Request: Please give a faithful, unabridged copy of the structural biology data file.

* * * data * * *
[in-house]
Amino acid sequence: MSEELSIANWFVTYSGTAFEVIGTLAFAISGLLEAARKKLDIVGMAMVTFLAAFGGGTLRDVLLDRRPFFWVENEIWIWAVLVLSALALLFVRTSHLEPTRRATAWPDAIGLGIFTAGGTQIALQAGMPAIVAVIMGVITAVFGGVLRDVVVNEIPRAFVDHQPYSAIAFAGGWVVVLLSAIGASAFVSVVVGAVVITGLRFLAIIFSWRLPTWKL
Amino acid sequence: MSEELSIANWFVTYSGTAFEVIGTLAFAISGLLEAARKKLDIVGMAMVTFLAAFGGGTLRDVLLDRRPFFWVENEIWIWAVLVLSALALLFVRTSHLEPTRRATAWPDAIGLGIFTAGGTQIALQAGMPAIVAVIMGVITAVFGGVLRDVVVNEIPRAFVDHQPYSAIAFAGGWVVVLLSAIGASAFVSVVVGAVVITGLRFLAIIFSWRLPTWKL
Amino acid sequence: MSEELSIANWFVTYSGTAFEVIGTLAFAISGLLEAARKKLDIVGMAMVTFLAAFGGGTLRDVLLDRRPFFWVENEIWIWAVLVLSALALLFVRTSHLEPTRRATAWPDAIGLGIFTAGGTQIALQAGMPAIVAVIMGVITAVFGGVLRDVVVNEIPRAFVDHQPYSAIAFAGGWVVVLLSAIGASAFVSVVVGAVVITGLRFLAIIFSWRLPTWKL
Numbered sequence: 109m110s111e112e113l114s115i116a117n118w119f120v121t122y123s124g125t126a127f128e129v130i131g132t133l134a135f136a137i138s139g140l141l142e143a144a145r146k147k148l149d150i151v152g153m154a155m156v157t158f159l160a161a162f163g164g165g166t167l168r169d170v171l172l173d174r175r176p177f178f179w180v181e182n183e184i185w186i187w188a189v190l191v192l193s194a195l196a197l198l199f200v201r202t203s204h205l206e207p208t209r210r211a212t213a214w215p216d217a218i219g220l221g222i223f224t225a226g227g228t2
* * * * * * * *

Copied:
[in-house]
Amino acid sequence: MSEELSIANWFVTYSGTAFEVIGTLAFAISGLLEAARKKLDIVGMAMVTFLAAFGGGTLRDVLLDRRPFFWVENEIWIWAVLVLSALALLFVRTSHLEPTRRATAWPDAIGLGIFTAGGTQIALQAGMPAIVAVIMGVITAVFGGVLRDVVVNEIPRAFVDHQPYSAIAFAGGWVVVLLSAIGASAFVSVVVGAVVITGLRFLAIIFSWRLPTWKL
Amino acid sequence: MSEELSIANWFVTYSGTAFEVIGTLAFAISGLLEAARKKLDIVGMAMVTFLAAFGGGTLRDVLLDRRPFFWVENEIWIWAVLVLSALALLFVRTSHLEPTRRATAWPDAIGLGIFTAGGTQIALQAGMPAIVAVIMGVITAVFGGVLRDVVVNEIPRAFVDHQPYSAIAFAGGWVVVLLSAIGASAFVSVVVGAVVITGLRFLAIIFSWRLPTWKL
Amino acid sequence: MSEELSIANWFVTYSGTAFEVIGTLAFAISGLLEAARKKLDIVGMAMVTFLAAFGGGTLRDVLLDRRPFFWVENEIWIWAVLVLSALALLFVRTSHLEPTRRATAWPDAIGLGIFTAGGTQIALQAGMPAIVAVIMGVITAVFGGVLRDVVVNEIPRAFVDHQPYSAIAFAGGWVVVLLSAIGASAFVSVVVGAVVITGLRFLAIIFSWRLPTWKL
Numbered sequence: 109m110s111e112e113l114s115i116a117n118w119f120v121t122y123s124g125t126a127f128e129v130i131g132t133l134a135f136a137i138s139g140l141l142e143a144a145r146k147k148l149d150i151v152g153m154a155m156v157t158f159l160a161a162f163g164g165g166t167l168r169d170v171l172l173d174r175r176p177f178f179w180v181e182n183e184i185w186i187w188a189v190l191v192l193s194a195l196a197l198l199f200v201r202t203s204h205l206e207p208t209r210r211a212t213a214w215p216d217a218i219g220l221g222i223f224t225a226g227g228t2